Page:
Though much of constitutional discourse today focuses on liberties enshrined in the Bill of Rights, the real genius of the Constitution lies in its use of structural devices. One such device is the doctrine of standing, embedded in Article III, which permits federal courts only to hear cases as brought by plaintiffs who have suffered actual harms that can be remedied by a court decision.
In a New York Times op-ed last week, Supreme Court journalist Linda Greenhouse lamented the likely result of two PLF cases pending before the Court. In Fisher v. University of Texas at Austin (the second case with the same name), PLF argues that plaintiff, a spurned white applicant, has standing to sue the University of Texas, which had given explicit racial preferences to underrepresented minorities. In Spokeo v. Robins, PLF argues that Article III injury can’t just be created by congressional fiat, and a plaintiff who sued a website for listing him as wealthier and better educated has no standing to bring his case in federal court. The Court seems poised to adopt our argument, and Greenhouse implies that this means Article III standing analysis changes depending on whose ox gets gored. She’s wrong.
For one, the University of Texas has subjected Abigail Fisher to the type of stigma that is simply not felt by someone like Thomas Robins. By openly discriminating against Fisher in the name of diversity, the University is sending the message that whites categorically contribute less to classroom discussion. Group-centric thinking of that sort has been soundly rejected by the Court. All Robins has to complain about, by contrast, is that a person who happens to stumble upon his Spokeo page may think that he has more money and more degrees than he does in reality. But those are desirable traits.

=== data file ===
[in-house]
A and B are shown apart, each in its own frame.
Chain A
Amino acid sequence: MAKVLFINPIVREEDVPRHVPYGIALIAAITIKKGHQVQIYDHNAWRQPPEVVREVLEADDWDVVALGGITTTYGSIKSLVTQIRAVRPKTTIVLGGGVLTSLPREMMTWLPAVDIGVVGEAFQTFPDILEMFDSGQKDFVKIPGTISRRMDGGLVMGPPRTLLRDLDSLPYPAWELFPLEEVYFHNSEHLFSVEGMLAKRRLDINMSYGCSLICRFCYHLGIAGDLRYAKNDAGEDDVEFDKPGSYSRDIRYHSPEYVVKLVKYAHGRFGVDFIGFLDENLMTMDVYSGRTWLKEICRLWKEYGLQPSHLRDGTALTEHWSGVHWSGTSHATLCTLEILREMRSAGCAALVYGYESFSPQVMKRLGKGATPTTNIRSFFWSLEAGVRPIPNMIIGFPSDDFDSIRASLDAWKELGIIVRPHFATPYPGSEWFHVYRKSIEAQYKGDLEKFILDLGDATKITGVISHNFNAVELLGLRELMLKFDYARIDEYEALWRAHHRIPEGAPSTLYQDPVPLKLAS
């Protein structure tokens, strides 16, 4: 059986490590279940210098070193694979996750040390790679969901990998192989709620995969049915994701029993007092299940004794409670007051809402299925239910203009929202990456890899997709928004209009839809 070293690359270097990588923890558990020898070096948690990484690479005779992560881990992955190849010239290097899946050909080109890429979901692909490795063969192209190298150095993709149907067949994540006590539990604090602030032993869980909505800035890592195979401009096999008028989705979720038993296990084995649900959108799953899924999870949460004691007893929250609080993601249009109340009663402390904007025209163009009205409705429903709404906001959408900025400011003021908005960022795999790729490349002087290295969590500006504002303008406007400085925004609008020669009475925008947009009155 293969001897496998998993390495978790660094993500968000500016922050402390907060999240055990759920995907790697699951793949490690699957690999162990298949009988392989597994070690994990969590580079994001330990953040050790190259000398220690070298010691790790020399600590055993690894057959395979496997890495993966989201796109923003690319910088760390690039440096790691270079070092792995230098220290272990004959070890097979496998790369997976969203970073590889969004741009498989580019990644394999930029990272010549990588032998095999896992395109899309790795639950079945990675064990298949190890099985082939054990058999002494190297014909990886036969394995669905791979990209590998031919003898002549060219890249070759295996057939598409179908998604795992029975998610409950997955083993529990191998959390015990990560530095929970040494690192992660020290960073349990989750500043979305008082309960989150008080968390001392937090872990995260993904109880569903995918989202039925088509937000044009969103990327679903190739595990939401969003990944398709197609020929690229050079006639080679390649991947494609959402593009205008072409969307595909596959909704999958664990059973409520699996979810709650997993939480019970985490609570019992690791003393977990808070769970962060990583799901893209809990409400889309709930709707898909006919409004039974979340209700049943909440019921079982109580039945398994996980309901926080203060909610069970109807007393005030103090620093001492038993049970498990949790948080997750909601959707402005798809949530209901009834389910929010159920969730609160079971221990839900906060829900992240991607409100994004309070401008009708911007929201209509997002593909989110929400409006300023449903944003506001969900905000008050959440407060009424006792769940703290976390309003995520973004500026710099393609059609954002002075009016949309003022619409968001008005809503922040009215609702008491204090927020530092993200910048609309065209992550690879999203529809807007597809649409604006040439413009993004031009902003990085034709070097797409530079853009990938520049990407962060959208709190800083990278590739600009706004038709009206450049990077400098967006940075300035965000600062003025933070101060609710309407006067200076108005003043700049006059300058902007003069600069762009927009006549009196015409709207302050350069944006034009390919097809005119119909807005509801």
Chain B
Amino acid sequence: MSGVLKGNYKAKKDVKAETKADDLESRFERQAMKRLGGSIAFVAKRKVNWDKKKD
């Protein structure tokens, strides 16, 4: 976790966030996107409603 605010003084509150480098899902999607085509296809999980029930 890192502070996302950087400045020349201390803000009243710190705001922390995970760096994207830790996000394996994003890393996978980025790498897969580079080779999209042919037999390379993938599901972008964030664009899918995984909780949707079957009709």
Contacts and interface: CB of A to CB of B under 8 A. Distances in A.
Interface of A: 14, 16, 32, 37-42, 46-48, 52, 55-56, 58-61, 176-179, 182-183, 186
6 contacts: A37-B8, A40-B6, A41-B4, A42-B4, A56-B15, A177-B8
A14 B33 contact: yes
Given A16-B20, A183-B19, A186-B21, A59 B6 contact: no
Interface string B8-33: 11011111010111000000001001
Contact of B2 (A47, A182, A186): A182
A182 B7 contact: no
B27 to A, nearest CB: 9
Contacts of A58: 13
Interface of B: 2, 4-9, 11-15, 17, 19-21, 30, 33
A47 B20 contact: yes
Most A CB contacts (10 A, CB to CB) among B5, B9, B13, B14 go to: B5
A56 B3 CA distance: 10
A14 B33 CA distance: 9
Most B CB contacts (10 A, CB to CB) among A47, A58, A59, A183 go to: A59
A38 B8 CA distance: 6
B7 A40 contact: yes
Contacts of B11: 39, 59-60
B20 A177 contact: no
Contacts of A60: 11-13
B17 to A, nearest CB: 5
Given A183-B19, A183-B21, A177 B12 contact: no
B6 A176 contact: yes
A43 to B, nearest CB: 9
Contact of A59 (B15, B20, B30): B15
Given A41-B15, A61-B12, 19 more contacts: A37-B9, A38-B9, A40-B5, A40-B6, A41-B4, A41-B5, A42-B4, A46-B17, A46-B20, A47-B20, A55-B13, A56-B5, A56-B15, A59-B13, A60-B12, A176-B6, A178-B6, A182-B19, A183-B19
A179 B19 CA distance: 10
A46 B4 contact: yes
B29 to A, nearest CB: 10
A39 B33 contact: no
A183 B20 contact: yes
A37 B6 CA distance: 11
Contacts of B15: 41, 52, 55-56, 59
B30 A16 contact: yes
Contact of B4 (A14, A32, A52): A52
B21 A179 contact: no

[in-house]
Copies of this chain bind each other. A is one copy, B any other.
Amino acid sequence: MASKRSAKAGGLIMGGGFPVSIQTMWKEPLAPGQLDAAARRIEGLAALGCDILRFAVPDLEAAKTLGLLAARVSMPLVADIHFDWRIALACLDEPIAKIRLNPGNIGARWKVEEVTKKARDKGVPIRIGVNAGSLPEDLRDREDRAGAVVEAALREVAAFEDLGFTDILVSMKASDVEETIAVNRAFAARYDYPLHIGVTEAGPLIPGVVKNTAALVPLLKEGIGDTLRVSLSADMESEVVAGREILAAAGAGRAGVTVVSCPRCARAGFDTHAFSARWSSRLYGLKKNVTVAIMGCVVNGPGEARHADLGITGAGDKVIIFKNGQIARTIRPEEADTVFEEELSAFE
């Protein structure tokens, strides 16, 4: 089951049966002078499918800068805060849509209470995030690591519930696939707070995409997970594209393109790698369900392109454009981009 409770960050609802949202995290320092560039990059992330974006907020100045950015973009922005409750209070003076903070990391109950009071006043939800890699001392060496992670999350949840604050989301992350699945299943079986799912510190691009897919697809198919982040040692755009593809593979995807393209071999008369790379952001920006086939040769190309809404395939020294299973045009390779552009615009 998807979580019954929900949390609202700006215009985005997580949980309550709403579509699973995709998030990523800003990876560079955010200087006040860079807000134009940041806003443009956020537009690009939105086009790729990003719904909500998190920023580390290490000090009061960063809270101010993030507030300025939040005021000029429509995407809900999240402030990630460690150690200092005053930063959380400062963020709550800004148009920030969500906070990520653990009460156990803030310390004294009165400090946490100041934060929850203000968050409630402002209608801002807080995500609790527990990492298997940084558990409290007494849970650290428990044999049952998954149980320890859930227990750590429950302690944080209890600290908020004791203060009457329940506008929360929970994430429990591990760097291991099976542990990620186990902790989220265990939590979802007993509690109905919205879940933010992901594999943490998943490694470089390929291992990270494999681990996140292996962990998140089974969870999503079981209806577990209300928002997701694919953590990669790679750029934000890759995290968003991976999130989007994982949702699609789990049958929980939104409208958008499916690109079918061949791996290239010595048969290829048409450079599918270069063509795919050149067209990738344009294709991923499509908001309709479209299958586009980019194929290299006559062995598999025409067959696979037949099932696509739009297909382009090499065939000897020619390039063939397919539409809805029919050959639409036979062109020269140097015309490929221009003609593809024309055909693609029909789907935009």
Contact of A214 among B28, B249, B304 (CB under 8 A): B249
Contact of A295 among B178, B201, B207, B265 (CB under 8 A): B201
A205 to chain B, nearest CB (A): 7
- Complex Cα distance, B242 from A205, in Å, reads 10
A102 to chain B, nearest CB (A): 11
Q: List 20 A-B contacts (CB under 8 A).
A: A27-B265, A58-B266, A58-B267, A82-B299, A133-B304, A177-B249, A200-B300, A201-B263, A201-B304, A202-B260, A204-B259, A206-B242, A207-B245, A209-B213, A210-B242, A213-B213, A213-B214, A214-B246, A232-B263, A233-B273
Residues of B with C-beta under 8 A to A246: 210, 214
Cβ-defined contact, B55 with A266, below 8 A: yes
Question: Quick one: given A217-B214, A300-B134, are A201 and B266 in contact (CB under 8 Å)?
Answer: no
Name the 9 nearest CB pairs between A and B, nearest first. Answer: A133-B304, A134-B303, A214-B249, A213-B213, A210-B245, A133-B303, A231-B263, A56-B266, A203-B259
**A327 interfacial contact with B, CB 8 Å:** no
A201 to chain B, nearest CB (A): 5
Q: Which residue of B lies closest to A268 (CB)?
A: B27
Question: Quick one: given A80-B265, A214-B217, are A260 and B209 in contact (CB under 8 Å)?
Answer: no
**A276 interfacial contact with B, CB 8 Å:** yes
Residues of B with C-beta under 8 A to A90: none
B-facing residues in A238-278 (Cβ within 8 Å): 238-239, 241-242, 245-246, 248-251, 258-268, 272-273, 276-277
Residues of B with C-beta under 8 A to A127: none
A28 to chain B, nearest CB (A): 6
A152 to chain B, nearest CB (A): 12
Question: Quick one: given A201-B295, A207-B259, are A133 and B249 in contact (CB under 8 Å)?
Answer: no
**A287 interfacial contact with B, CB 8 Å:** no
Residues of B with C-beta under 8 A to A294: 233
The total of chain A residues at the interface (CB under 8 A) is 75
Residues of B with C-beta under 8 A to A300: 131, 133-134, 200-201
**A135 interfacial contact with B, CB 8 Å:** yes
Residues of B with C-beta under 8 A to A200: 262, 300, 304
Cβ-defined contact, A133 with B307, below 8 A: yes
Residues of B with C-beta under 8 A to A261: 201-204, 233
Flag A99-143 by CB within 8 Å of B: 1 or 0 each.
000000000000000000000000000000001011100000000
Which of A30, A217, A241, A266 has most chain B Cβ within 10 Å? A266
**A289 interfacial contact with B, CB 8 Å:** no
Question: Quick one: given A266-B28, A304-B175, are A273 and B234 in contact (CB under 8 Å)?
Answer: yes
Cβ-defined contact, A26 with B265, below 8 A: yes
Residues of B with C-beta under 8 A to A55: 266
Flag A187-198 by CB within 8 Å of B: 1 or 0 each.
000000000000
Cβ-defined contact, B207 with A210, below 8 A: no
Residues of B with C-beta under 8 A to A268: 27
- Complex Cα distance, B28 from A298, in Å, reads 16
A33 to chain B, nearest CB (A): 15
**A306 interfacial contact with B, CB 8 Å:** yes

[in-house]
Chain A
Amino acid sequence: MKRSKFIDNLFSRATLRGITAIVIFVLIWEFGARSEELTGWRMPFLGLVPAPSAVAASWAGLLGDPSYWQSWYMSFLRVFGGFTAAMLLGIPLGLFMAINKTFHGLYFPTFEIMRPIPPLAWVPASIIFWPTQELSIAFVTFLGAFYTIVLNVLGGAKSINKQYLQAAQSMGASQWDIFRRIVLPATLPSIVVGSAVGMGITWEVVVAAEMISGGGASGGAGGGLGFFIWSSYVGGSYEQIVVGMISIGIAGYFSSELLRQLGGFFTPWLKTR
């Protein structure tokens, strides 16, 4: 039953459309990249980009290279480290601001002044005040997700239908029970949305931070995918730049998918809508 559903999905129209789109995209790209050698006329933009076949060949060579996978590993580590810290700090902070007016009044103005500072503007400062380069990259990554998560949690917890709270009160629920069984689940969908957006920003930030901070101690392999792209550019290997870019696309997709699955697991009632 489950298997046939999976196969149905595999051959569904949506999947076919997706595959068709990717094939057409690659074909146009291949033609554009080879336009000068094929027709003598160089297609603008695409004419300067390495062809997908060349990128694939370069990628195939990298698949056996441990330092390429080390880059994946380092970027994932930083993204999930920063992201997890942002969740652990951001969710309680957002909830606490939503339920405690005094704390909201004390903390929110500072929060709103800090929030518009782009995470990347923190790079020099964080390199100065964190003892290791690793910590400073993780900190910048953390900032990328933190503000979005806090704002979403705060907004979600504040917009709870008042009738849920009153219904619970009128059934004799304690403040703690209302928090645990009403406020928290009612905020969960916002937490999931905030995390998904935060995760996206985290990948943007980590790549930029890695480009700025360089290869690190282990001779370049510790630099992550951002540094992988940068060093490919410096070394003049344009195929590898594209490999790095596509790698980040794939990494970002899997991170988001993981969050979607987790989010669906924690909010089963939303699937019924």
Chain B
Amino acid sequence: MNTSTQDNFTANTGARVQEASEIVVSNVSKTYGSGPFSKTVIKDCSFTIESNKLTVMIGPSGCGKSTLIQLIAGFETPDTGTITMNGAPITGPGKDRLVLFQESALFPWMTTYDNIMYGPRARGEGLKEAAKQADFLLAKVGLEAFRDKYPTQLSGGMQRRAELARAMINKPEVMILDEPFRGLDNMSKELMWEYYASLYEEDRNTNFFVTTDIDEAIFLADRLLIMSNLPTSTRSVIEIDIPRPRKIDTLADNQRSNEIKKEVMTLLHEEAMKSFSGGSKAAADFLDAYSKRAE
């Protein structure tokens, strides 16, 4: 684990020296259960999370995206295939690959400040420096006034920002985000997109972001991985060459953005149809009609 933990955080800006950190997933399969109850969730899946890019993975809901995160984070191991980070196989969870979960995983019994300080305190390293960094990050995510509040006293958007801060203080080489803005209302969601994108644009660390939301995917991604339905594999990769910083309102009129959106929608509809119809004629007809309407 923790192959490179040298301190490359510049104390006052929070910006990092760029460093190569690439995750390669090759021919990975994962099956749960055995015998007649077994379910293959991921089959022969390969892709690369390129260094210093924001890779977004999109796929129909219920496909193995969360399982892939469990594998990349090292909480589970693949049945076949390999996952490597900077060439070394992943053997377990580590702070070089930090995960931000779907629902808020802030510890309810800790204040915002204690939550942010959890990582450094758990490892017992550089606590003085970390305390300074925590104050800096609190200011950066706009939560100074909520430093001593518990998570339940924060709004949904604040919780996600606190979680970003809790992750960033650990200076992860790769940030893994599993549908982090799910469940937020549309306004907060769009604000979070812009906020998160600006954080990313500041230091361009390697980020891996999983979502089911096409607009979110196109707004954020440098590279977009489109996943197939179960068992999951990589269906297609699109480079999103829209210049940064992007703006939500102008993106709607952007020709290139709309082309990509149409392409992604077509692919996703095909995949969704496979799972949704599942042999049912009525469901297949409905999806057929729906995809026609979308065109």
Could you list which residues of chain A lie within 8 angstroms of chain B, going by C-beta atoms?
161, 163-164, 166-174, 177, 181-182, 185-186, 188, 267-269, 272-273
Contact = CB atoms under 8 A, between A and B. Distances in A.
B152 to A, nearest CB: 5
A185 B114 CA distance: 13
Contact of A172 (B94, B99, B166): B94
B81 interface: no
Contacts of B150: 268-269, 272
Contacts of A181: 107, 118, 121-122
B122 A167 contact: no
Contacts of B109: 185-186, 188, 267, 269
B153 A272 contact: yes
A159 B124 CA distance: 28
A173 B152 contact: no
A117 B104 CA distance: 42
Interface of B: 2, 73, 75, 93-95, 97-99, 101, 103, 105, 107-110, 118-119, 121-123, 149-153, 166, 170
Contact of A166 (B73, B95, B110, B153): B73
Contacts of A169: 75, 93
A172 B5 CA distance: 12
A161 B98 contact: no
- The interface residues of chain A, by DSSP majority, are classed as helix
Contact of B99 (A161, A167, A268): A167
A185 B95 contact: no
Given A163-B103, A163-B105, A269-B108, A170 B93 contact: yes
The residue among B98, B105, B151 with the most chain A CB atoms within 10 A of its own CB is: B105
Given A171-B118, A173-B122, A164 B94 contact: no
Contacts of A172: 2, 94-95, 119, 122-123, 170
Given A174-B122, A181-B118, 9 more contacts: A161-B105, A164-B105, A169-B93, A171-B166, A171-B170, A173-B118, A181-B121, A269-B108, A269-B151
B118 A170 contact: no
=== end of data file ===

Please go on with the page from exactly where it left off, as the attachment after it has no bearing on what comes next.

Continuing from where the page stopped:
More fundamentally, the Court has recognized precisely the harm Fisher complains of (racial preferences in education) as a cognizable injury under Article III. But the Court has never held that appearing to be wealthier or better educated allows a plaintiff to sue in federal court, which is why Robins bases his injury on congressional say-so. Yet Congress can’t command courts to issue advisory opinions any more than members of the Court can direct the Senate to confirm their friends.
The role of federal courts in the constitutional structure is both limited and significant. In some cases, the judiciary should abstain from disputes better suited for other branches of government. In other cases, it is emphatically the province and duty of the judiciary to say what the law is. PLF will continue to pride itself on being able to tell the difference.